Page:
Define the conditional right / left distribution of a character as the distribution of characters immediately following / preceding it. These distributions carry important information about a language and can, for example, be used to separate vowels from consonants. However, when represented simply as frequency tables they aren't very illustrative, so I decided to make a visualization.

A single conditional distribution p is visualized in the following way. First, calculate Shannon's diversity index d1(p) = Exp(-∑pi Ln pi), which measures how many different values a distribution can effectively take. As you may recognize, it is an exponentiated entropy. Diversity index of a uniform distribution over n values is n.

Then draw a bar with unit height and length = d1(p), subdivide it into sections with lengths proportional to pi and sort the sections by length. The length of each section can be interpreted as the ratio of the corresponding conditional character probability to the weighted geometric mean of pi with weights pi. The complete visualization is a stack of left pL and right pR conditional distribution bars sorted by total diversity index d1(pL) × d1(pR).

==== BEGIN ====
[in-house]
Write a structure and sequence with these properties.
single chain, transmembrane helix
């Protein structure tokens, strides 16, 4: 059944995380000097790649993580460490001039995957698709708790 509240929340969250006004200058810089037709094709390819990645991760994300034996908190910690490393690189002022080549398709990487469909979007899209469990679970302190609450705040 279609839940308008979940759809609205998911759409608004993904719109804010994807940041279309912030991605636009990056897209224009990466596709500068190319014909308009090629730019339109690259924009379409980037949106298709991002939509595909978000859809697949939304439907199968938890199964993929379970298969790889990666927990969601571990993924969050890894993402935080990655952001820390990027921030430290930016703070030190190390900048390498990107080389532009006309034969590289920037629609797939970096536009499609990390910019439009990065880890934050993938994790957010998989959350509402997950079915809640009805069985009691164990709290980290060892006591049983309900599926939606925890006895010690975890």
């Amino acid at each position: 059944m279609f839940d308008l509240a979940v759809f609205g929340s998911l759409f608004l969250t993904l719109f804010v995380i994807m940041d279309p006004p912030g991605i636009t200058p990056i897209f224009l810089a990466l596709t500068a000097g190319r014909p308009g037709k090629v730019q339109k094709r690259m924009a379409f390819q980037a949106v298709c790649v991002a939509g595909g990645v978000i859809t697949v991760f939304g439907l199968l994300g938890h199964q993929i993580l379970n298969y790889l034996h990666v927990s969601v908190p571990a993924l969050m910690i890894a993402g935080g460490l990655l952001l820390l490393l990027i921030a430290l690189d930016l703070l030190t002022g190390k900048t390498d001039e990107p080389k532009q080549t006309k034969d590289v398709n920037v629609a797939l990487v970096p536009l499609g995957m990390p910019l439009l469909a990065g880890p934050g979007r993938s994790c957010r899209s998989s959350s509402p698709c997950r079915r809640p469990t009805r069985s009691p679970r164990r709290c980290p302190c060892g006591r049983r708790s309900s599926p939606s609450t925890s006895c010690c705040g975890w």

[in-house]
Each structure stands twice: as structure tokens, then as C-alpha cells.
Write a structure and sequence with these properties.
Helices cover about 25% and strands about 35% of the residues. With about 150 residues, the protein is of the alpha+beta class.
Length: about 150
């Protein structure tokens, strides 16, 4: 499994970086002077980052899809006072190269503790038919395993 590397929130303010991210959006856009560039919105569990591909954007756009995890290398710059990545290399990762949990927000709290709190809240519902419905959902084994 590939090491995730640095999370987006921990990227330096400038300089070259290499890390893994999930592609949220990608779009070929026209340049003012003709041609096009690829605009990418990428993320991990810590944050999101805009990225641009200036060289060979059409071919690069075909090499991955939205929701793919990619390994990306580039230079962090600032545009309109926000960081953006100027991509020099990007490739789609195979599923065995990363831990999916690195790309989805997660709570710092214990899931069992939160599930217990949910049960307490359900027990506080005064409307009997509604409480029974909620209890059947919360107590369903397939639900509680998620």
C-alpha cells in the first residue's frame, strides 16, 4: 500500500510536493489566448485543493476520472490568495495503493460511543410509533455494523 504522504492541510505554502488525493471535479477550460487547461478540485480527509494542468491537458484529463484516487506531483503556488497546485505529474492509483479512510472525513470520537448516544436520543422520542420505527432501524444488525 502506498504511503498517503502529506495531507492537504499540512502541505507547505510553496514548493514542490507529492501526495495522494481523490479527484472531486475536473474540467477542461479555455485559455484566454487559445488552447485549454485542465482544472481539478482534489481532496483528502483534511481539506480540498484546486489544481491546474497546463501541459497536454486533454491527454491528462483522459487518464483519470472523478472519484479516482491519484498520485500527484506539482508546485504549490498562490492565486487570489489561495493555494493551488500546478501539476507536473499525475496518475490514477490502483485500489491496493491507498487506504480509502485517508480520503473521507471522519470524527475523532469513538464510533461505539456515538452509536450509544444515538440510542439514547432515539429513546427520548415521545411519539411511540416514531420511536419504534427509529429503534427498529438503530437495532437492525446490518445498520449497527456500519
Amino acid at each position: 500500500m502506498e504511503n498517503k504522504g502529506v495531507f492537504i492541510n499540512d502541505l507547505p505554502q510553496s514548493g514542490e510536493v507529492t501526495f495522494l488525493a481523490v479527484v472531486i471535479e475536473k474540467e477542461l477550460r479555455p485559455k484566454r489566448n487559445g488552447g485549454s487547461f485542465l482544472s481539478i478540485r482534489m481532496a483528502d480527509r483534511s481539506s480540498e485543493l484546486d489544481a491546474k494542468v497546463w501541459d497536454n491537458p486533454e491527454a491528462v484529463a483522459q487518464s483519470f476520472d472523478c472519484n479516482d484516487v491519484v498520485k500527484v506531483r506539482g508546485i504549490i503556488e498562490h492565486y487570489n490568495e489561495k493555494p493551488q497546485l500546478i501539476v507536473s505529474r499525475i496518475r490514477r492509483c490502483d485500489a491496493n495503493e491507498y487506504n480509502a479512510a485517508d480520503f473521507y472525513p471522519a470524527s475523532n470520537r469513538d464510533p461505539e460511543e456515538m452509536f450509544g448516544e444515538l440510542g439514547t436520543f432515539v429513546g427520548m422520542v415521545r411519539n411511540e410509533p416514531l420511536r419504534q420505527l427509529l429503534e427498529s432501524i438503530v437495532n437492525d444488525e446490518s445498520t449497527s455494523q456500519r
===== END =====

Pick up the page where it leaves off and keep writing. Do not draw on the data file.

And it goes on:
Now let's take a look at the visualizations of English (statistics collected from Moby-Dick) and Voynich manuscript. '_' denotes spaces, '/' new lines, and '*' marks the unconditional distributions.

Conditional character distributions in English language Conditional character distributions in Voynich manuscript

Some interesting, even if well-known features of Voynichese are apparent:

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